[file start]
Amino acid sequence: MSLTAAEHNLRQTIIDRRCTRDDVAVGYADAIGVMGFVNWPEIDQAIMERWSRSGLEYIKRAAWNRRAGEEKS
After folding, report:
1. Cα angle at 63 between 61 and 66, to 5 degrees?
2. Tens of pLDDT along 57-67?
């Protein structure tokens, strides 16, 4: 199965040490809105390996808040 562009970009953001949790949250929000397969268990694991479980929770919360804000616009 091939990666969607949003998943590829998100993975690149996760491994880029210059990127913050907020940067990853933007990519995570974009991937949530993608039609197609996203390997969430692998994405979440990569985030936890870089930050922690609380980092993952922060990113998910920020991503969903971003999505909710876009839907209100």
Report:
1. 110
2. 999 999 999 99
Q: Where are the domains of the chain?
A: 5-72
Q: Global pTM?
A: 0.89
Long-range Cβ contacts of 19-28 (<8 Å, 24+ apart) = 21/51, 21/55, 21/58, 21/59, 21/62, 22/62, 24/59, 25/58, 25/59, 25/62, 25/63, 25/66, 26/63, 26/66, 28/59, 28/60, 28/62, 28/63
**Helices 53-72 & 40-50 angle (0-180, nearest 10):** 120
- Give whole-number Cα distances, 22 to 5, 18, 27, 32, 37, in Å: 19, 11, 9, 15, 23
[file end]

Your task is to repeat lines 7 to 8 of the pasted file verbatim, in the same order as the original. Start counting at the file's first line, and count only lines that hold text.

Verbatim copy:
1. 110
2. 999 999 999 99